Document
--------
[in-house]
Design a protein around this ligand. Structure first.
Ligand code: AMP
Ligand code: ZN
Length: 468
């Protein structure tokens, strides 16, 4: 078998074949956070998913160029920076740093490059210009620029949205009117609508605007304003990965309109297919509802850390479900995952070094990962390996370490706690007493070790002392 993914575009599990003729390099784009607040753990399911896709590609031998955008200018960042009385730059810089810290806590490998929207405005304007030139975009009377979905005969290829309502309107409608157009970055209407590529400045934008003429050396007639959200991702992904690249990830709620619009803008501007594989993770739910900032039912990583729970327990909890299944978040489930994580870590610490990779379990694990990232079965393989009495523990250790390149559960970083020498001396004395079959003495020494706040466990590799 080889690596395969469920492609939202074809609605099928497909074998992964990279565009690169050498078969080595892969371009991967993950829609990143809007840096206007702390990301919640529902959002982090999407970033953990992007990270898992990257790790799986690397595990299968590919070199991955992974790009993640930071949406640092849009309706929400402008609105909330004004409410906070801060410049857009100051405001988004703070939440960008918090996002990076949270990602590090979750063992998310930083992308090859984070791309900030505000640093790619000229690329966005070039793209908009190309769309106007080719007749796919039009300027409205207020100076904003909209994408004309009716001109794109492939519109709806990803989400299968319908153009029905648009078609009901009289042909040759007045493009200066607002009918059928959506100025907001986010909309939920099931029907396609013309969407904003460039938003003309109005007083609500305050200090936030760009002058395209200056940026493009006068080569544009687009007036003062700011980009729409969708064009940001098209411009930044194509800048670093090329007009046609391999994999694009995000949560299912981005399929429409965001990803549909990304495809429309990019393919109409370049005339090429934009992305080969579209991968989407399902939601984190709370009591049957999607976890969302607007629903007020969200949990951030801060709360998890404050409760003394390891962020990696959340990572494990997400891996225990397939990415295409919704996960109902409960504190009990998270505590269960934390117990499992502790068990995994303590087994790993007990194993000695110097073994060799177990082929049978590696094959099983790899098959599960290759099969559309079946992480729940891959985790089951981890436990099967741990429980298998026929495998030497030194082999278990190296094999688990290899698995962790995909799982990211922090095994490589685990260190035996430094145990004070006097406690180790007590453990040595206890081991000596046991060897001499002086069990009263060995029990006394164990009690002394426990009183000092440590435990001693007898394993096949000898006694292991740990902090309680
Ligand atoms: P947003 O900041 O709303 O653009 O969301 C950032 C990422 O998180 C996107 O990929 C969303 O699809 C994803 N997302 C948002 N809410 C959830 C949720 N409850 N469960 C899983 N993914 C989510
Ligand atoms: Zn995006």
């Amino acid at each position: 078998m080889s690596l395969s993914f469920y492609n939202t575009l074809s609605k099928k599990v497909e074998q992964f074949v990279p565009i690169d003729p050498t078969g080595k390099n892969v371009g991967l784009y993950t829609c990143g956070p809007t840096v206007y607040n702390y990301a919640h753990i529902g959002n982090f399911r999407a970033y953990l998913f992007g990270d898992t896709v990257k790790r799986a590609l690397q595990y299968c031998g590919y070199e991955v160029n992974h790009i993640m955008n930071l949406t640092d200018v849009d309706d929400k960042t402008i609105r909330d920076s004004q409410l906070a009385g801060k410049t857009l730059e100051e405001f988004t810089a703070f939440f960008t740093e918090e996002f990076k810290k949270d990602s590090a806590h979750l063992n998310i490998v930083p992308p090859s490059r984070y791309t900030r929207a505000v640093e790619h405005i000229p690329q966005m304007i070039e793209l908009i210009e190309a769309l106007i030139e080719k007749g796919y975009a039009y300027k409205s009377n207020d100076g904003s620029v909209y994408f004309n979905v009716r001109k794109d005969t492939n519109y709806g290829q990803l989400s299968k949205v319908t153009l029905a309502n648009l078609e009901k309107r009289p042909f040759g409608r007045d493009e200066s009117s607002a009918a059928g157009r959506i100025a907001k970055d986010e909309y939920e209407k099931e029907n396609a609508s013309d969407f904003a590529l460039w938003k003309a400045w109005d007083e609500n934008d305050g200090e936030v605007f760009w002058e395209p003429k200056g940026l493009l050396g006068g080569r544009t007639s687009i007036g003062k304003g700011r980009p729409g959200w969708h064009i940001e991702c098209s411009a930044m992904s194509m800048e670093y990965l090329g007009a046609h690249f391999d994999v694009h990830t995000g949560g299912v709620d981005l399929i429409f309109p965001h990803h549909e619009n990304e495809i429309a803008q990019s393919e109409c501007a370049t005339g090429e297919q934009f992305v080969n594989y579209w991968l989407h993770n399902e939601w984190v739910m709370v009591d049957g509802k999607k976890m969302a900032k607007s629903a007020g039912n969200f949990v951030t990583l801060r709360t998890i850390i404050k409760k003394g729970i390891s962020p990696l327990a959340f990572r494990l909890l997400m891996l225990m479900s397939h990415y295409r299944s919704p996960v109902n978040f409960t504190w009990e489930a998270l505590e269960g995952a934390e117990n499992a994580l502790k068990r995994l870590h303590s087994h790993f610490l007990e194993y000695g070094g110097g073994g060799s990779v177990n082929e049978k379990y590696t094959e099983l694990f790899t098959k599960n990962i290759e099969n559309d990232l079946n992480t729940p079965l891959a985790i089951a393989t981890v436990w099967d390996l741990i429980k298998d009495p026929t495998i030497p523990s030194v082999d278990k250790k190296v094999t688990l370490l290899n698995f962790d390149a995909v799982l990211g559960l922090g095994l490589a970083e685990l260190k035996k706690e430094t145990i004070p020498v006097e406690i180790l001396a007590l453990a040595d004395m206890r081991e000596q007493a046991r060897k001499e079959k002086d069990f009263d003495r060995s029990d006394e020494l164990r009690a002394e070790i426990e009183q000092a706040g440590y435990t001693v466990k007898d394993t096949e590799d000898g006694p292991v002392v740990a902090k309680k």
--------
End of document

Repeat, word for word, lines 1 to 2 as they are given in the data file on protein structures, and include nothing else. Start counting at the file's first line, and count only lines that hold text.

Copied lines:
[in-house]
Design a protein around this ligand. Structure first.